I want to find all functions $f:\mathbb{Z}\rightarrow\mathbb{Z}$ such that for all integers $n,m\in\mathbb{Z}$,


Obviously, any constant function is a solution and probably there are not any further solutions (I am not completely sure about that though). Unfortunately, I do not know how to solve the above problem and would like to ask you to help me.

Obviously, the function has to be an even function (put e.g. $m=0$). I tried some more substitutions to obtain further information. E.g. putting $n=\pm 1$ gives $f(m^2-1)=f(m^2+1)$ for all $m\in\mathbb{Z}$. etc.

I would appreciate any help.

  • $\begingroup$ I don't see how you get $f(m^2-1)=f(m^2+1)$. Is there a typo in the question or in this remark? Or am I just blind? $\endgroup$ – Arnaud Mortier Apr 3 '18 at 9:04
  • $\begingroup$ @ArnaudMortier Set $n=1$ to get $f(1+m) = f(1+m^2)$; set $n=-1$ to get $f(1+m) = f(-1+m^2)$. Both are equal to $f(1+m)$. $\endgroup$ – Patrick Stevens Apr 3 '18 at 9:05
  • $\begingroup$ @PatrickStevens Right! Thanks! $\endgroup$ – Arnaud Mortier Apr 3 '18 at 9:05
  • $\begingroup$ Maybe you can do something in this line: Take $n, m_1, m_2$. with $m_1 +m_2 = 0$. Then $n+m_1^2=n+m_2^2$, but $n^2+m_1 \neq n^2+m_2$ $\forall m_1 \neq 0$. $\endgroup$ – Botond Apr 3 '18 at 9:08
  • $\begingroup$ In fact $f(n^2+a)=f(n^2-a)$ for any $n$ and any $a$. $\endgroup$ – Arnaud Mortier Apr 3 '18 at 9:23

The answer is$$ f(x) = \begin{cases} a; & x \text{ odd}\\ b; & x \text{ even} \end{cases}, $$ where $a, b$ are constants.

First to verify that such $f$'s indeed satisfy the condition. For any $m, n \in \mathbb{Z}$, because $m^2 \equiv m \pmod{2}$ and $n^2 \equiv n \pmod{2}$, then either $m^2 + n$ and $m + n^2$ are both odd or both even. Thus either $f(m^2 + n) = a = f(m + n^2)$ or $f(m^2 + n) = b = f(m + n^2)$.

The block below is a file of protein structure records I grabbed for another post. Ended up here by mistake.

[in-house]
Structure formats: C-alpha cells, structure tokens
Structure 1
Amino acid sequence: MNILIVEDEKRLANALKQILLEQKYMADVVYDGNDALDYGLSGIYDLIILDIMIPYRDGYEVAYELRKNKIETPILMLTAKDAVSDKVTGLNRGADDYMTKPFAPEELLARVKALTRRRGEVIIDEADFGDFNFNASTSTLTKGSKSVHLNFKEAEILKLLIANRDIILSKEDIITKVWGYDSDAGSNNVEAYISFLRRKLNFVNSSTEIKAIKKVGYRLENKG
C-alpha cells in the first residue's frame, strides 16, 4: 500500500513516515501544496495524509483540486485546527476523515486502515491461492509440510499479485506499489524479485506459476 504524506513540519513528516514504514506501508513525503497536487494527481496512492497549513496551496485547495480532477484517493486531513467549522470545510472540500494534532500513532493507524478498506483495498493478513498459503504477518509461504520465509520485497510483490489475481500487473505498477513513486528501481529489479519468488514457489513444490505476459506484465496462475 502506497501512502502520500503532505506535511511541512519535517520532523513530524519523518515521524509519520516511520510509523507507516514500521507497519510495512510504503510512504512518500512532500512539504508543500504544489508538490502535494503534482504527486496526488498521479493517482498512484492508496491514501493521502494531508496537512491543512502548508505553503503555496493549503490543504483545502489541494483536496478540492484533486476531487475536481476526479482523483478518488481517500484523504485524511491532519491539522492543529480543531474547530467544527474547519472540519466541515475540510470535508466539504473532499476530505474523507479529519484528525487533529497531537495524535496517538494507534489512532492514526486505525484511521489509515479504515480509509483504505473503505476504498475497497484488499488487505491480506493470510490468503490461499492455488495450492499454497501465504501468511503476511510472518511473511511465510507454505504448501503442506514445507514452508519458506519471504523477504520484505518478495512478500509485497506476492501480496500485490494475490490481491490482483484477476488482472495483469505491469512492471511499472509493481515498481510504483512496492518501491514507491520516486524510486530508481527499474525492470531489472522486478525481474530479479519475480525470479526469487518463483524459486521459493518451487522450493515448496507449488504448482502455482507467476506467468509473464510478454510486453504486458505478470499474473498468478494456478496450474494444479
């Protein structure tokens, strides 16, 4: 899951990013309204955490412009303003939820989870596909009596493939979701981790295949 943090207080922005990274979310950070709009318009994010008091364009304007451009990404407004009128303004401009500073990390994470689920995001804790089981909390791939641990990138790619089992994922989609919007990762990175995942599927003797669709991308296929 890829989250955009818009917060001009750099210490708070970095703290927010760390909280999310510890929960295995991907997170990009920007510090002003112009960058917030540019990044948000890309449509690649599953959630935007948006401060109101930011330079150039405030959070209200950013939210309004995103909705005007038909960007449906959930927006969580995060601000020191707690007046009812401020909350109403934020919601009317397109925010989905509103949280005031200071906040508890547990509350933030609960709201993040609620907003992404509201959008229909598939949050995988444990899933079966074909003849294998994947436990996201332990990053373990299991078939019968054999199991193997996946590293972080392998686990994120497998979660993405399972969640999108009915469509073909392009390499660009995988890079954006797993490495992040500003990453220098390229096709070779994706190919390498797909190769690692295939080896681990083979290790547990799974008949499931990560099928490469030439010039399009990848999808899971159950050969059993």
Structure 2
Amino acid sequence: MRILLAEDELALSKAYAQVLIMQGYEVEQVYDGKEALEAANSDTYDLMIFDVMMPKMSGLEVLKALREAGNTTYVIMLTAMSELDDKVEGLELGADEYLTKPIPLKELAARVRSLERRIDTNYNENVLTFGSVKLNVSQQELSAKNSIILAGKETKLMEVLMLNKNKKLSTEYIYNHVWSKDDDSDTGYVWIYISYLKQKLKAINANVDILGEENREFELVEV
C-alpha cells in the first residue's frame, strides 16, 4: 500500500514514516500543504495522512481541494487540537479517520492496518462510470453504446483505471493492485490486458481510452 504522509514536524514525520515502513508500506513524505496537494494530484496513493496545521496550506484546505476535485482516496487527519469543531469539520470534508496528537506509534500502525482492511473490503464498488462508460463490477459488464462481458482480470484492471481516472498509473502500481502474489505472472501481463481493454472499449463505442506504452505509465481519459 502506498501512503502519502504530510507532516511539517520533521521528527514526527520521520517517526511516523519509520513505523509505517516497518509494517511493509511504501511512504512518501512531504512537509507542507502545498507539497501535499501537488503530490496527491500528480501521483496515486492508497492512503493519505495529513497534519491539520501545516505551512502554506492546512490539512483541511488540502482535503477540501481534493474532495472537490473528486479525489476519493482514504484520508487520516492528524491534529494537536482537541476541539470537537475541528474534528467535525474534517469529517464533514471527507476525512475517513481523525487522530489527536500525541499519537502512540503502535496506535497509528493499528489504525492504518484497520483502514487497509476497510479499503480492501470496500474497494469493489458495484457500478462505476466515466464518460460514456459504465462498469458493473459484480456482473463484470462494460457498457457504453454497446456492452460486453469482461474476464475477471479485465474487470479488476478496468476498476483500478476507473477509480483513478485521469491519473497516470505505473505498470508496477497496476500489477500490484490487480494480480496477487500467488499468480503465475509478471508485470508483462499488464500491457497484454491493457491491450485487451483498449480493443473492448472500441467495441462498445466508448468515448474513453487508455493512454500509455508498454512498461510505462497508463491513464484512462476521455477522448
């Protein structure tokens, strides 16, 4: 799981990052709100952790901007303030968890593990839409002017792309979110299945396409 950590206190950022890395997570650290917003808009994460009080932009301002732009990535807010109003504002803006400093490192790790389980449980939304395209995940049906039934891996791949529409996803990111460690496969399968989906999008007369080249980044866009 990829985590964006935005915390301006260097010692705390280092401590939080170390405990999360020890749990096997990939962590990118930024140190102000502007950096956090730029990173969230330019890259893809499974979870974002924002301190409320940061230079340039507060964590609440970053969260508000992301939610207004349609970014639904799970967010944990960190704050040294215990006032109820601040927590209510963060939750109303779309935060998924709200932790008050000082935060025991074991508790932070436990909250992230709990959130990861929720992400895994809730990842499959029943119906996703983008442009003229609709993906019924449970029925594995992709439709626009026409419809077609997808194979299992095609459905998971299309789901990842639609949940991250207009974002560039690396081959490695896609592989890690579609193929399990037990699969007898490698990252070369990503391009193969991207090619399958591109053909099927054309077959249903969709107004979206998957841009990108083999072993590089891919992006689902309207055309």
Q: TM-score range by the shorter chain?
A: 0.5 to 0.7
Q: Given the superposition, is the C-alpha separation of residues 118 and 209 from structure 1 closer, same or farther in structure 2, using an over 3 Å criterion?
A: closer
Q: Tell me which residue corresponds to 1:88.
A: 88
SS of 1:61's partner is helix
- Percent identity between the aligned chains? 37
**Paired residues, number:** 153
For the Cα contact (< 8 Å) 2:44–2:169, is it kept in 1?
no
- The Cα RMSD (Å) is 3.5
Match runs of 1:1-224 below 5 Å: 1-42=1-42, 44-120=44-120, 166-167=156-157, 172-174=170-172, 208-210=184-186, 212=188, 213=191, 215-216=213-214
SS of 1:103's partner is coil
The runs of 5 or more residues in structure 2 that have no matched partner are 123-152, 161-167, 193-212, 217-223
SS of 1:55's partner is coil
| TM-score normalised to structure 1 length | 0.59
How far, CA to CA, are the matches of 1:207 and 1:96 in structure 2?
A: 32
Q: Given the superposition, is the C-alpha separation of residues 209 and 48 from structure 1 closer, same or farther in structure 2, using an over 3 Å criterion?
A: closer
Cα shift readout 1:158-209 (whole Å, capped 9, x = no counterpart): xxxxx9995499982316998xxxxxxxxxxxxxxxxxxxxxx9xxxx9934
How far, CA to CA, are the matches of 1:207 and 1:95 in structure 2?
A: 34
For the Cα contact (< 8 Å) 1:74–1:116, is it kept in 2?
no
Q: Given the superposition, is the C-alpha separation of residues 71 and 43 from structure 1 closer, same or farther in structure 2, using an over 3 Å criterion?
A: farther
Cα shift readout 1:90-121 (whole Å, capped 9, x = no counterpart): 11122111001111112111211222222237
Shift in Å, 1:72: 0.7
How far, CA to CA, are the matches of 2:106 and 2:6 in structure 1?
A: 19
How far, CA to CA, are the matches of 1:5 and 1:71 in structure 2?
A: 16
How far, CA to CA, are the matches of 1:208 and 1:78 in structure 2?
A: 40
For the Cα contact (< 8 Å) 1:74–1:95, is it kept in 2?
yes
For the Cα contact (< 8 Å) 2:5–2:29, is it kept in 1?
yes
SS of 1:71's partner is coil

Next, suppose $f$ is any function satisfying the condition. For any $x \in \mathbb{Z}$, take $(m, n) = (x, 0)$, then $f(x) = f(x^2)$, which also implies $f(-x) = f(x^2) = f(x)$. Now take $(m, n) = (x - 1, 1)$, then $f(x) = f(x^2 - 2x + 2)$. Take $(m, n) = (-x + 1, 1)$, then $f(-x + 2) = f(x^2 - 2x + 2)$. Therefore,$$ f(x) = f(-x + 2) = f(x - 2). \quad \forall x \in \mathbb{Z} $$

| cite | improve this answer | |

Another way to arrive at Alex Francisco's answer:

Write $n\equiv m$ if $f(n)=f(m)$ is a consequence of the problem's conditions.

Then one easily sees that $n^2-a\equiv n^2+a$ for any integers $n$ and $a$. In other words an integer and its symmetric about $n^2$ are always equivalent.

Now take any $n$ and perform the symmetry about $1=1^2$ followed by the symmetry about $0=0^2$. The result is $n-2$. Therefore $f(n)=f(n-2)$ for any integer $n$.

| cite | improve this answer | |

Your Answer

By clicking “Post Your Answer”, you agree to our terms of service, privacy policy and cookie policy

Not the answer you're looking for? Browse other questions tagged or ask your own question.